At 4:18 p.m. on July 20, 1969, Neil Armstrong's voice crackled from the speakers at NASA's Mission Control in Houston. He said simply, "the Eagle has landed."
With those words, the dream President John F. Kennedy's voiced in 1961--putting humans on the Moon by the end of the decade--had at last come true.
From the launch on July 16 atop a powerful Saturn rocket, Apollo 11 and its crew of three astronauts performed flawlessly. While Michael Collins orbited the Moon in the Command Module, Armstrong piloted the Lunar Lander, named the Eagle, to a safe landing in the Moon's Sea of Tranquility. He and his copilot, Edwin "Buzz" Aldrin, soon became the first humans to tread on another world. They spent nearly 21 hours on the lunar surface, collecting samples of rock and soil and setting up remote instruments.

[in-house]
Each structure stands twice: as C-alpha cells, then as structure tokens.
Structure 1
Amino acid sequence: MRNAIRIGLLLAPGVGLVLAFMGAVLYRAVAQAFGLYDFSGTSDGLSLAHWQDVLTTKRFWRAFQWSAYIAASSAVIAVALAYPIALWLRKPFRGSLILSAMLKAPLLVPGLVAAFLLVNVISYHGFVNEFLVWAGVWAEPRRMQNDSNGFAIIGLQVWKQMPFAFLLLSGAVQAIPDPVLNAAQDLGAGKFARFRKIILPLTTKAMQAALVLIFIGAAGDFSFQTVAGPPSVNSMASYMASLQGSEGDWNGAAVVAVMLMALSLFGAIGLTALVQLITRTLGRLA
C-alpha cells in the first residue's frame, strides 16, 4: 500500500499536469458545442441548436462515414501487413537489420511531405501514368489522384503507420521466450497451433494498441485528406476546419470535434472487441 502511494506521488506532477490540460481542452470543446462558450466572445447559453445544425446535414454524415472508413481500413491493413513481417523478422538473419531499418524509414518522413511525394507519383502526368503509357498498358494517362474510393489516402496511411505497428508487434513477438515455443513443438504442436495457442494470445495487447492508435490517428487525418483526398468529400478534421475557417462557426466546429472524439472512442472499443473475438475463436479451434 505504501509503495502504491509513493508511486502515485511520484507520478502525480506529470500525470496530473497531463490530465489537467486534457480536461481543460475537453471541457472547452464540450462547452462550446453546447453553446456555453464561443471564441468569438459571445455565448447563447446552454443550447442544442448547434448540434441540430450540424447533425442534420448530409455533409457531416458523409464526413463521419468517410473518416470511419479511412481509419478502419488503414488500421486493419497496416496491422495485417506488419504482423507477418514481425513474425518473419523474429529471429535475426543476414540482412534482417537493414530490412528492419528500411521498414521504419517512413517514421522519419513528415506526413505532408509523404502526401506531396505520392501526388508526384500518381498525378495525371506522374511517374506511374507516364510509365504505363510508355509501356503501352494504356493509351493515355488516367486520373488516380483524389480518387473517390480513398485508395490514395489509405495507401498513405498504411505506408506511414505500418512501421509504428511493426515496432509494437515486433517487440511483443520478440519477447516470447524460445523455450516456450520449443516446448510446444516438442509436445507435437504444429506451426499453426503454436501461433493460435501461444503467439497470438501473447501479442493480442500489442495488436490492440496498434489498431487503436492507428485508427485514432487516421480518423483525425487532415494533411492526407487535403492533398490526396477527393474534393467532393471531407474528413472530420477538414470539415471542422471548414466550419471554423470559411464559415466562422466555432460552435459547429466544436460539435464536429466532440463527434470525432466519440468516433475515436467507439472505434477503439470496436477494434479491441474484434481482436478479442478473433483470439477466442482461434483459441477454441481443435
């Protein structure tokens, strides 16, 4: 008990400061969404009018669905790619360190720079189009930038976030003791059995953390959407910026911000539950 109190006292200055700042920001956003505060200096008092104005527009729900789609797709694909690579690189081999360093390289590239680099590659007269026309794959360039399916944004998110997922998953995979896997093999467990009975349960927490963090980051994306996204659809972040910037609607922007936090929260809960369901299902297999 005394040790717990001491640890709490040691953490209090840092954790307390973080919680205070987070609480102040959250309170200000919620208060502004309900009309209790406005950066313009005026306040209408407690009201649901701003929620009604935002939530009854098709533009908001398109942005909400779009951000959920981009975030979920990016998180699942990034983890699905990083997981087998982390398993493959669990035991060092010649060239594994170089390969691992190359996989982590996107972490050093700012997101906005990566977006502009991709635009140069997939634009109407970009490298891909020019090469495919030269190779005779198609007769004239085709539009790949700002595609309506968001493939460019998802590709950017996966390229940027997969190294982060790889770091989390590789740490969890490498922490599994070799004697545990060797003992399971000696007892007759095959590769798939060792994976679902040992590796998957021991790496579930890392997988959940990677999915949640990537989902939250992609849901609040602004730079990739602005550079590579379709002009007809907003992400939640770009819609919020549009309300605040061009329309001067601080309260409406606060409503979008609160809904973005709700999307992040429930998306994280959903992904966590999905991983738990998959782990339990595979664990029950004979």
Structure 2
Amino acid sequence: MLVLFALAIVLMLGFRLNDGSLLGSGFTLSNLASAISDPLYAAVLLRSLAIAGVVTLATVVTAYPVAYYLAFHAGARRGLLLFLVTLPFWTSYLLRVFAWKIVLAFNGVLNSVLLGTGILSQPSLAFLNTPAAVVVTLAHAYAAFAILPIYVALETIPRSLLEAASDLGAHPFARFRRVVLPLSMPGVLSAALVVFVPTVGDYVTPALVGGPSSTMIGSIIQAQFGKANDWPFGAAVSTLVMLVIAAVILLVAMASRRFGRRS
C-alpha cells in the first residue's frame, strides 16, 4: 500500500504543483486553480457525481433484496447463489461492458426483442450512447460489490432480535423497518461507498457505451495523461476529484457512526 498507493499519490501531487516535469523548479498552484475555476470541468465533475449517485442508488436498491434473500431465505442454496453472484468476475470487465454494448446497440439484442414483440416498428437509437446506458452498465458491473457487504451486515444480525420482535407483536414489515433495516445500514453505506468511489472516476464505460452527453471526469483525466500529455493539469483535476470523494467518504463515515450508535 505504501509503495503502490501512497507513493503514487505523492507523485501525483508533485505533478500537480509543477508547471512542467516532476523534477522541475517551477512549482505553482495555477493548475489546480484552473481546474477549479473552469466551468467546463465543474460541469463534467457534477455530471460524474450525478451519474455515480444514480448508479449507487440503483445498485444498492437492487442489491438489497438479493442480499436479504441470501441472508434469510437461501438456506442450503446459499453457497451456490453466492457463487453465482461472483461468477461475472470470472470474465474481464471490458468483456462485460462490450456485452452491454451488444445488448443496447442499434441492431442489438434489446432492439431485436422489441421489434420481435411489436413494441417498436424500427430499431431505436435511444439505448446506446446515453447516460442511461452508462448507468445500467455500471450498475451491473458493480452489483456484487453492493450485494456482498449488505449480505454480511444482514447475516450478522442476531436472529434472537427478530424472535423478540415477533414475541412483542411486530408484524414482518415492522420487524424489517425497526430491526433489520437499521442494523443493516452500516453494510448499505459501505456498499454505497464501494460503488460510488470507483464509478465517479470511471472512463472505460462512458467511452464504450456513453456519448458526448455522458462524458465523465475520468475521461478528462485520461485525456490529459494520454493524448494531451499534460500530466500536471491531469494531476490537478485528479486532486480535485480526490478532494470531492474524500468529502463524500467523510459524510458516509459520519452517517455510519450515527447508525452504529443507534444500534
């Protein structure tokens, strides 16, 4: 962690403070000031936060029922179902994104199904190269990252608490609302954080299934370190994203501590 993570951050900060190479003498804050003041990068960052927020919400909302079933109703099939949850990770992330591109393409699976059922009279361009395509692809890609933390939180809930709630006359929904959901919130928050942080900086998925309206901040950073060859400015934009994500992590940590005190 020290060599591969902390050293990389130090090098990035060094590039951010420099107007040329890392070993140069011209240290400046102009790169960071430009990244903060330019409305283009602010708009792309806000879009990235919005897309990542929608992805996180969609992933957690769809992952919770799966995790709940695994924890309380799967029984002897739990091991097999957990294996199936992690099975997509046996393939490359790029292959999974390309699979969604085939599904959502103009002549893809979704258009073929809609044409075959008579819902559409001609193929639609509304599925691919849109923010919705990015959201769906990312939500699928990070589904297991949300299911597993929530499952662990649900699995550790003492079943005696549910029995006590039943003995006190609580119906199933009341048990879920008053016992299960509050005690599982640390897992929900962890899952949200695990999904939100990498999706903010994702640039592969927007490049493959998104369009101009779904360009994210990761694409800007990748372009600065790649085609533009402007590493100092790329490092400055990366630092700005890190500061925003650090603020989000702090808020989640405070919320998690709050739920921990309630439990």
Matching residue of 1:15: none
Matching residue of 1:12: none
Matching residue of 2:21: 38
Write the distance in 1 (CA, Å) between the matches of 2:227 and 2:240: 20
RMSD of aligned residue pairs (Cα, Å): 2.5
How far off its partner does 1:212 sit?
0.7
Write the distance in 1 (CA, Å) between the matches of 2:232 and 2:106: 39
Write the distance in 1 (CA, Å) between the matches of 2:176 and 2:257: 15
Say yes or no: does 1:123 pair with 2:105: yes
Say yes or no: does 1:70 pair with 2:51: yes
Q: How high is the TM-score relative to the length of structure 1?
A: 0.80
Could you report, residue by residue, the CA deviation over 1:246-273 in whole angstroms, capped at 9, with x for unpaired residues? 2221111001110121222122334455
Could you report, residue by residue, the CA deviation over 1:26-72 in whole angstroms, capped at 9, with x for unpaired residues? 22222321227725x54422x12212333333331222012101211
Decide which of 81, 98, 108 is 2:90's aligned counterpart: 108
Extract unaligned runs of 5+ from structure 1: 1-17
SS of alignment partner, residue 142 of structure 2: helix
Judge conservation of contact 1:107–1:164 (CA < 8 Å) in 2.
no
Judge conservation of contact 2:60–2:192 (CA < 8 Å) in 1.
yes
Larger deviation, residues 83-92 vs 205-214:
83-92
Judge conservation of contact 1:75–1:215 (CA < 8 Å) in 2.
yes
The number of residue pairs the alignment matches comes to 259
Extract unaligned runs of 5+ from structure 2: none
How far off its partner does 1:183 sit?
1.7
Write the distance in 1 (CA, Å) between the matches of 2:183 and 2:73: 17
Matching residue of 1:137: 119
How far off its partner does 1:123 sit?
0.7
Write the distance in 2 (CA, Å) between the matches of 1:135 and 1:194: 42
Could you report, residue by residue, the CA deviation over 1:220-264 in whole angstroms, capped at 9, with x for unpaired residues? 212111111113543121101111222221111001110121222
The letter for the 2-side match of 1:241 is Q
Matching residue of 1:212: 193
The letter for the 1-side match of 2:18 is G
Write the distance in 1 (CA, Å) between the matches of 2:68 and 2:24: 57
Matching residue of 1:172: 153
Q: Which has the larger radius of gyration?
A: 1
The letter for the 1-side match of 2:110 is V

The return trip proved to be every bit as smooth. After taking off from the Moon and docking with the craft piloted by Collins, the astronauts soared back to Earth, splashing down in the Pacific Ocean on July 24. Their pinpoint landing put them just a few miles from the recovery ship, the U.S.S. Hornet. Overall, the mission lasted 195 hours, 18 minutes and 35 seconds--and covered 952,700 nautical miles.
Over the years, several astronauts followed in Collins, Armstrong and Aldrin's footsteps, but none won the same acclaim. And with the flight of Apollo 17 in 1972, the U.S. put aside its plans for a permanent base on the Moon, deciding to rely instead on unmanned spacraft and the fleet of space shuttles for the future. Apollo was officially retired.
That said, this celebration has an edge of sadness: the first to the Moon were close to being the last. But for many--including those who were born well after the Eagle landed--the excitement lives on.